‘Shop’ Talk with Hawai’i-born actor Clyde Kusatsu


Clyde Kusatsu plays Claire Danes’ boss in Shopgirl the movie.

Had he not gone into acting, Clyde Kusatsu might today have been a military attaché. “There was something (alluring) about all those medals,” he said jokingly.

Instead, his extensive filmography includes numerous military roles on television and in the movies, even a recurring role as an admiral on Star Trek: Next Generation. He’s also played police detectives, coroners, judges and even a crazy ice cream man on Malcolm in the Middle.

He appeared this year in The Interpreter, starring Nicole Kidman, and can now be seen in the movie Shopgirl, with Steve Martin and Claire Danes, as the boss of Dane’s character.

Japanee Bruddah Keet recently met Kusatsu over coffee at the Miyako Hotel in Los Angeles’ Little Tokyo discussing his prolific – but often understated – career, his growing up in Hawai‘i and his approach to roles as an Asian American.

Although Kusatsu’s interest in acting started in high school theater at Iolani School in Honolulu, his showmanship started as a little kid.

“I asked my parents if I could take tap dancing after watching the Little Rascals,” he said. “They looked at me and thought ‘what a strange kid’, but I thought it was a way of getting noticed and also getting ahead in society.”

Even as a child, Kusatsu had developed an innate understanding of class and race and the challenges facing a boy from Hawai‘i looking for purpose in life. Snapshots of moments in his acting career showed his evolving approach to balancing his personal integrity in an entertainment industry that often cares little for those kinds of things.

In one of his first big television roles on the show Kung Fu, he sidestepped a stereotype pitfall. “The director said to me, ‘Clyde, can we have an accent – you’re sounding too American,’ but I didn’t want to do the Ls and Rs thing. So I gave them an accent, but not necessarily an Asian one and they liked it.”

Kusatsu’s voice was one of his talents that caught the attention of his high school drama teacher and something he’s used to create opportunities for himself.

“We were filming Magnum P.I. in Nuuanu Valley and in between takes, I would do my John Wayne impression with the other cast and crew,” he said. “Word got back to the producers that I could do John Wayne and they created a recurring role for me as a police detective that drove Tom Magnum nuts because my character would always talk with a John Wayne voice.”

Talking with Kusatsu makes one realize that for each of the high-profile incidents of Asian American stereotyping in Hollywood, there are dozens of times where actors like Kusatsu work to mainstream Asian American characters.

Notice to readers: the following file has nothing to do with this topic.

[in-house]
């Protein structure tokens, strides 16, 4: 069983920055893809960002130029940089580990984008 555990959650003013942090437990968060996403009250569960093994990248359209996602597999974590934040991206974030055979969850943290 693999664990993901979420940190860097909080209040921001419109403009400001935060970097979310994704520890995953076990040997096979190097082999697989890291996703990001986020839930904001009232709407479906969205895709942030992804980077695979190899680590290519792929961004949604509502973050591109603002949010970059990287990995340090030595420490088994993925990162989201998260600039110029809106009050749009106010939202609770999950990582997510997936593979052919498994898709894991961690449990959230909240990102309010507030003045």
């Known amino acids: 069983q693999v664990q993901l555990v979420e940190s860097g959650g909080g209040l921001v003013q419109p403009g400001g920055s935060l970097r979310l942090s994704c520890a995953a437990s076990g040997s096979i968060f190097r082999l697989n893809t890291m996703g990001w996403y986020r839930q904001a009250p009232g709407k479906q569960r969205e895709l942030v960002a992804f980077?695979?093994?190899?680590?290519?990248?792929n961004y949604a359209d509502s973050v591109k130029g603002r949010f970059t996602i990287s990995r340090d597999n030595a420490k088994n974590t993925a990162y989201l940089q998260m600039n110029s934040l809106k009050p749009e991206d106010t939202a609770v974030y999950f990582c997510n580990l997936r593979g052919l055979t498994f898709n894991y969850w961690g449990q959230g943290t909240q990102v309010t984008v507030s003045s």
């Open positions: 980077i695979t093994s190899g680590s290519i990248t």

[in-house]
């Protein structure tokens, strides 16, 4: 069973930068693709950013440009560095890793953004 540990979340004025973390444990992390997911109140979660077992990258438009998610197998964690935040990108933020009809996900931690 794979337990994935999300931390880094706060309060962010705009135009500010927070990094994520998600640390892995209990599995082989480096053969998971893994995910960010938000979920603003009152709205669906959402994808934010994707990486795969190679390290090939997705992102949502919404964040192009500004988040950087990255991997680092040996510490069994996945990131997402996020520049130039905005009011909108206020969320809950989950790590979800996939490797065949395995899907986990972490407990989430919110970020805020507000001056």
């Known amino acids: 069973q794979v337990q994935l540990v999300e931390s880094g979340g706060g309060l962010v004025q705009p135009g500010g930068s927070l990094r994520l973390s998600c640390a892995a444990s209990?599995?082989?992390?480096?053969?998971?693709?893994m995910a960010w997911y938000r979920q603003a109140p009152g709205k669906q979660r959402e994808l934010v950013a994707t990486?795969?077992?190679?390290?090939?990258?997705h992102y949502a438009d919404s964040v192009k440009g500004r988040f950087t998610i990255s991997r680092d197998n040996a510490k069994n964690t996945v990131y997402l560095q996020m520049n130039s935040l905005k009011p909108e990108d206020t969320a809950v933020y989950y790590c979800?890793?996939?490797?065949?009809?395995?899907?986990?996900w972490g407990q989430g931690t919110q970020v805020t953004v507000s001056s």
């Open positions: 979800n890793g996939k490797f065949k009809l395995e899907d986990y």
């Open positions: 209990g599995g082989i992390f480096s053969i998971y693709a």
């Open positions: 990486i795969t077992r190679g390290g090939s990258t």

“I’m playing the part of Sally Struther’s husband Johnny on [the TV show] Still Standing and there’s one scene where the main characters come over to my house and Sally’s character tells them to take off their shoes. ‘It’s not an Asian thing,’ says her character. ‘It’s a neatness thing with Johnny, but I guess that’s an Asian thing.’ ”

“What’s funny is that the last time I worked with Sally was on All in the Family,” says Kusatsu. “I played a character named Rev. Chong in an episode where Archie wanted to baptize the baby and in one scene he calls me Mr. Ching. My character says that wasn’t my name. Then Archie calls me Mr. Chang and I say it’s Chong and Archie says ‘whatevers.’” Later in the episode my character calls Archie “Mr. Binker” and he says ‘It’s Bunker’ and I say ‘whatevers.’ ”

Fast forward twenty-six years from that show and Kusatsu’s talent and longevity has earned him a place in the business where his appearances are referred to as cameos – a label usually reserved for prominent actors.

Said Variety of his role in Shopgirl: “Judging from the virtually wordless cameos by familiar supporting players — including Frances Conroy as Mirabelle’s mom and Clyde Kusatsu as her boss — other significant changes were effected in the editing room during an unusually long post-production period.”

We guess that means you don’t a lot of him on screen. But that’s show business, he would say. “In my 32 years in this business,” said Kusatsu, “I’ve learned to accept the changes and that nothing is the same.”

Visit http://www.twojapaneebruddahs.com for links to Clyde Kusatsu’s filmography and a list of the movies and television shows he’s appeared in and available on DVD through Netflix. Keith Kamisugi and Kyle Tatsumoto are the Two Japanee Bruddahs. E-mail them at wot@twojapaneebruddahs.com.

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